It is not that they are treated differently, they are different. I suspect you’re using HTML as a model, but the the Web is just once form of hypertext and only a partial implementation due to technical constraints at the time of its convention. Embedding links into text was one such compromise.
A more normal hypertextual model is to store the links separately from the notes they link, in a linkbase. That is the model Tinderbox follows. If you look at the raw XML of a TBX file you will see that links are stored as discrete
<link> elements within an enclosing
<links> element and the latter is discrete from the stored notes. The link’s info included the character offsets (in plain text of $Text) of the link anchor and the IDs of the source/destination notes plus any further customisation—such a per link notes. For basic-type (i.e. note-to-note) links no anchor is recorded as it is not needed.
The reason I describe this is building out from a wrong assumption generally only compounds the mismatch between reality and aspiration. The issue is at hand is as much one of addressing the correct links as it is the means of doing so (action code, AppleScript, whatever). The latter choice is thus moot if the former is not resolved.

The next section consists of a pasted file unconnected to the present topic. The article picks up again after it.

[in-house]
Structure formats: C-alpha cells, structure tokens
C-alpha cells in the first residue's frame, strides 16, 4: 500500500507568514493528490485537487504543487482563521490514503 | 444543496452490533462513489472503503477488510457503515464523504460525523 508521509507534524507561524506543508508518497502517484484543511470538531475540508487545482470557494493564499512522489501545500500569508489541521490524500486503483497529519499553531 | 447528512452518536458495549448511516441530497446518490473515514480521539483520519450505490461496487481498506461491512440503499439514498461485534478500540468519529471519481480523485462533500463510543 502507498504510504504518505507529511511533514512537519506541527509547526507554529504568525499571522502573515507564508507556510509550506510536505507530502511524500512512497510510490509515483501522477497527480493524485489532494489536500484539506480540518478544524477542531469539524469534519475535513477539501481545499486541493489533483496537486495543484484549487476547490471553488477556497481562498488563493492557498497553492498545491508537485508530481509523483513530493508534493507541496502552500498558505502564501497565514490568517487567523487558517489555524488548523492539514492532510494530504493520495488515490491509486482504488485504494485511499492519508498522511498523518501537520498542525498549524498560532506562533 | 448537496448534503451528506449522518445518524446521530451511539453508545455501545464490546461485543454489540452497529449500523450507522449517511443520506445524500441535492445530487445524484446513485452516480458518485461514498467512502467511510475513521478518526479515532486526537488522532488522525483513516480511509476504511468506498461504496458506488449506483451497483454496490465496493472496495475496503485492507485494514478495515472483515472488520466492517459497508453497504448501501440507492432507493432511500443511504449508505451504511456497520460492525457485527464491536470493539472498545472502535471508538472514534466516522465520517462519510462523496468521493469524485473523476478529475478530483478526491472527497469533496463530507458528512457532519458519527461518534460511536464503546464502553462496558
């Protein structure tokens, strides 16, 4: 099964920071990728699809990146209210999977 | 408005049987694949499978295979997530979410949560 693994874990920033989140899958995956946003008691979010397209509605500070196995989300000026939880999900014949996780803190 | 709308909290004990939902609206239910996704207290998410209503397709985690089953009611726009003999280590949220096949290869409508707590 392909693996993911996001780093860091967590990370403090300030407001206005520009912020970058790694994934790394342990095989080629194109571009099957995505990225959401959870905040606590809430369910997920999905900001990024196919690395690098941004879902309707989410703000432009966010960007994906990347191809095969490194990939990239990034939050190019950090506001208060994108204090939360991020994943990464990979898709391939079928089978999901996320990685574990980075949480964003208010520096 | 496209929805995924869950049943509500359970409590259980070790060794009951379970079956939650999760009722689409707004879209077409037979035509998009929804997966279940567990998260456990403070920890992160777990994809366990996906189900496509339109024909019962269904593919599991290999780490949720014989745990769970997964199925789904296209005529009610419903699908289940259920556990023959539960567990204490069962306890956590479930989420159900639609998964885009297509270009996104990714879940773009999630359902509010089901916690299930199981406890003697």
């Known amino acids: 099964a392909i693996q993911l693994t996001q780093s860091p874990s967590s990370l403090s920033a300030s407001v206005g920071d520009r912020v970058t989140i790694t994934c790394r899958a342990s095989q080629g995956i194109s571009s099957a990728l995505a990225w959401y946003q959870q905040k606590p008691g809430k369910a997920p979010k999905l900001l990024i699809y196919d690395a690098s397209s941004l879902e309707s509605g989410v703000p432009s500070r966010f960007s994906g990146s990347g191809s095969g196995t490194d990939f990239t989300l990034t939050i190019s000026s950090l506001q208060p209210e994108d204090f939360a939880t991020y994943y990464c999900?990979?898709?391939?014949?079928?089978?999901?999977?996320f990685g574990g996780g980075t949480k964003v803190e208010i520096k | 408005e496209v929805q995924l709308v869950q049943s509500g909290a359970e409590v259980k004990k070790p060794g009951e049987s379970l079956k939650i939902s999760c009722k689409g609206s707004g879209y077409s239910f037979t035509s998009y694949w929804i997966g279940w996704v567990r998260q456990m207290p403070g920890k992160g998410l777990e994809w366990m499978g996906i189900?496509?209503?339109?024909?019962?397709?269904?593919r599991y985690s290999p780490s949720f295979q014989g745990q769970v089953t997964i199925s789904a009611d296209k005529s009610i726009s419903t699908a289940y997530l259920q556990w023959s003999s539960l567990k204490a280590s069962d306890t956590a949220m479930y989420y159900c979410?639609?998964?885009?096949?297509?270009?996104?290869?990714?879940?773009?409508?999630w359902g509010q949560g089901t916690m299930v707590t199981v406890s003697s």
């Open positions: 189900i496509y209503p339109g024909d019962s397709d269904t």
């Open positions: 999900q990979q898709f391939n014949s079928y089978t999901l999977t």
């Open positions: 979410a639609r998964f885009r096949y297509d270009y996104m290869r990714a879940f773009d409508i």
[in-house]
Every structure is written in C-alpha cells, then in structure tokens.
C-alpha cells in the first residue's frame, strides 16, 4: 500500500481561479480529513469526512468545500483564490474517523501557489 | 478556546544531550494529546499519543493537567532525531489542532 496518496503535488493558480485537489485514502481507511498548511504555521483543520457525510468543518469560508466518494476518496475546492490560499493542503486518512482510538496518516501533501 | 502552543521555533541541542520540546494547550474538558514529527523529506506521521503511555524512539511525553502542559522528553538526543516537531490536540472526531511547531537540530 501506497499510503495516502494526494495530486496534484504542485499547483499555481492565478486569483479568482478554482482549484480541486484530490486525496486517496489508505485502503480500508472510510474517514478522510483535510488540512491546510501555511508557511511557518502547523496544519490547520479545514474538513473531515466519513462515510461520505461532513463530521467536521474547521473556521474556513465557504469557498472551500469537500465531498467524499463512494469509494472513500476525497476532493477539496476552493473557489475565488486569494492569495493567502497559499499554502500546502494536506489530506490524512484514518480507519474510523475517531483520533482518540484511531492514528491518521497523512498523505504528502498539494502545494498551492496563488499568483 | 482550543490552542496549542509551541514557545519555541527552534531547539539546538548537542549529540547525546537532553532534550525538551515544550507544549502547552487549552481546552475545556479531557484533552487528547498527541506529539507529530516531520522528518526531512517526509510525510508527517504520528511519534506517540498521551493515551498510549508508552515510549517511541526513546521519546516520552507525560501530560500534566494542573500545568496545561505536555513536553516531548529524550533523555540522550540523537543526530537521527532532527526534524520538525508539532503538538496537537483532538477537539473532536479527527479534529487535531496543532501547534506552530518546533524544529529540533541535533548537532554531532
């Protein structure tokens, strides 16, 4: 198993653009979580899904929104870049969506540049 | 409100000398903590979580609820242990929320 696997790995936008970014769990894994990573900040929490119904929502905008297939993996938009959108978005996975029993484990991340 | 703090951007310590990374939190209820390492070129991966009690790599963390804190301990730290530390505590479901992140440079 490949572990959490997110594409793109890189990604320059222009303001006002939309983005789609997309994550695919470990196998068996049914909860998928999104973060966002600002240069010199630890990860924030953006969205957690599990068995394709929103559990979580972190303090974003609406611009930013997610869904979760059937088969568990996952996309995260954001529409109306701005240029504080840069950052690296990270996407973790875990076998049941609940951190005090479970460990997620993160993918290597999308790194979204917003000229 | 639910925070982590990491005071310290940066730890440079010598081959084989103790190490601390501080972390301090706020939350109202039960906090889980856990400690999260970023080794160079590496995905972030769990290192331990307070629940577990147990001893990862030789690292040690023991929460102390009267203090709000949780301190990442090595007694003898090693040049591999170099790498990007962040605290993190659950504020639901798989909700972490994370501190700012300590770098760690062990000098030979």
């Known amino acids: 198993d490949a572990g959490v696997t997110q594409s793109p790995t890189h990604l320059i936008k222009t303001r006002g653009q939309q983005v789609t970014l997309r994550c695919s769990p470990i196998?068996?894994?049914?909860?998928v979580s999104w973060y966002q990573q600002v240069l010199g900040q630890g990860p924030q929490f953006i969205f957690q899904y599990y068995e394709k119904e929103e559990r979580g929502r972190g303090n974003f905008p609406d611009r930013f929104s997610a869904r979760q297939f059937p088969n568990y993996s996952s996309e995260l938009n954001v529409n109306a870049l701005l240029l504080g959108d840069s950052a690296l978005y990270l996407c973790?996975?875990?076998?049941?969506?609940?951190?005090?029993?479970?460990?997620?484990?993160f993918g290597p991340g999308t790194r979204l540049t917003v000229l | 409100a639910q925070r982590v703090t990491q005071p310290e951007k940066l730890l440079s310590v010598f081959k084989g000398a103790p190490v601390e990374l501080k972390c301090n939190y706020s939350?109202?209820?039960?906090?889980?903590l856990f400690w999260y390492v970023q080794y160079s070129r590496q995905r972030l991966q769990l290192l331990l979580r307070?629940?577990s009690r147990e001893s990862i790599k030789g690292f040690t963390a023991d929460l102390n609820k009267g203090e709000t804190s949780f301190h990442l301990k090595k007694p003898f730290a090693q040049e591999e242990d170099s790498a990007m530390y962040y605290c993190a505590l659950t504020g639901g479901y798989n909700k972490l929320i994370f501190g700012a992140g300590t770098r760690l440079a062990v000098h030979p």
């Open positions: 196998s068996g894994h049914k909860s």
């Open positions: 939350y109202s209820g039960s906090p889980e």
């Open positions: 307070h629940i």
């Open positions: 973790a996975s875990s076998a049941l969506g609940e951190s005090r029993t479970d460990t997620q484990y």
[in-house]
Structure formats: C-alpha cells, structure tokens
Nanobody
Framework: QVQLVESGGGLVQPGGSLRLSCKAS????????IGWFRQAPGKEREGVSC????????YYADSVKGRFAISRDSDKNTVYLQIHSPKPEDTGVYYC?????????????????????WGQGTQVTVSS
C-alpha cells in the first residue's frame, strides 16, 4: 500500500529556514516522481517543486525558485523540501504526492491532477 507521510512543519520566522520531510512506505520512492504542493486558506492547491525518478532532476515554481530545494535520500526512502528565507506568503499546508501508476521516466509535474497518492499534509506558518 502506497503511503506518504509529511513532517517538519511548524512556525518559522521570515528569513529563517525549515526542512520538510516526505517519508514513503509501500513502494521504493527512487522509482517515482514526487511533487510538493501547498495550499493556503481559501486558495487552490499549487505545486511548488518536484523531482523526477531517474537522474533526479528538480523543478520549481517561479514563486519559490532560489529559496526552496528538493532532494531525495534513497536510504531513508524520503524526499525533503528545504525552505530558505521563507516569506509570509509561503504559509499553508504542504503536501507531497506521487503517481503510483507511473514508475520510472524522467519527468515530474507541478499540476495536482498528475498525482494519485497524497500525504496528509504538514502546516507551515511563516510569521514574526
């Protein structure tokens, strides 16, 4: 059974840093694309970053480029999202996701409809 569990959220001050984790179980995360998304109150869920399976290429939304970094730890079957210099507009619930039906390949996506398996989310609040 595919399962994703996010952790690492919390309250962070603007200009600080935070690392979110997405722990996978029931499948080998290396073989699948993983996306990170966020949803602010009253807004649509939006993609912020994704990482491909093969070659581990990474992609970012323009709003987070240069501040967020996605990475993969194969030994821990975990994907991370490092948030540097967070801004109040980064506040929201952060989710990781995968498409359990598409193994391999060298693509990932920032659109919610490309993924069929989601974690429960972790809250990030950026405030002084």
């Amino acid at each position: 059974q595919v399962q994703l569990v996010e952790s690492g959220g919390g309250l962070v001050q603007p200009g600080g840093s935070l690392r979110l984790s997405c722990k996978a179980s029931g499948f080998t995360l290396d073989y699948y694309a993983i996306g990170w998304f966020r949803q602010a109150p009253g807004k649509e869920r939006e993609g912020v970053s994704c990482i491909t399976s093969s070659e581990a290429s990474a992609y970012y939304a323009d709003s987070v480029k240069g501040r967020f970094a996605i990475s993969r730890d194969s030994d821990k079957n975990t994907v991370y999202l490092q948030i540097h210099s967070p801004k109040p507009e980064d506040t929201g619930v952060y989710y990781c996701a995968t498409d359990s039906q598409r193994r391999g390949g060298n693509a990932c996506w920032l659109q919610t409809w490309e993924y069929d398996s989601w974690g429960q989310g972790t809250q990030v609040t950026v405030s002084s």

It is worth bearing in mind that a pair of notes can be linked by more than one link of the same type. Any such issue above must address this extra complexity. A model of a two notes with a single link (or single link per link type) would be too simplistic.
`classical’ in what sense? My notes above would suggest this too is a description based on a mis-understanding about how these systems (can) work. There isn’t a unified model (thuogh that was attempted by the hypertext community before the world just chose the Web’s mote limited model instead).
The note you describe is one of the two described link types for Tinderbox (three if you count out-of-app ‘web’ links). In this instance you refer to ‘Text’ links, as opposed to ‘Basic’ links. this is unsurprising as in general use a Web document only has ‘Text’ links as any links have to be embedded into the HTML source of the document.
‘Zip links’ is a further confusion. A zip link in not a type of link, it is simple one method of creating a Tinderbox ‘Text’ link. Calling zip-links a type of link mis-presumption and a path to confusion. This is exactly the issue that led Key Attributes to be renamed recently as Displayed Attributes, precisely because users started ascribing all sort of assumed characteristics to them based on … no real understanding.
How. Once the zip-link method has been used to make a Text link, you have a text link which is no different to those Text links created by other methods. Again, there seems to be a misunderstanding here as to how links work in Tinderbox.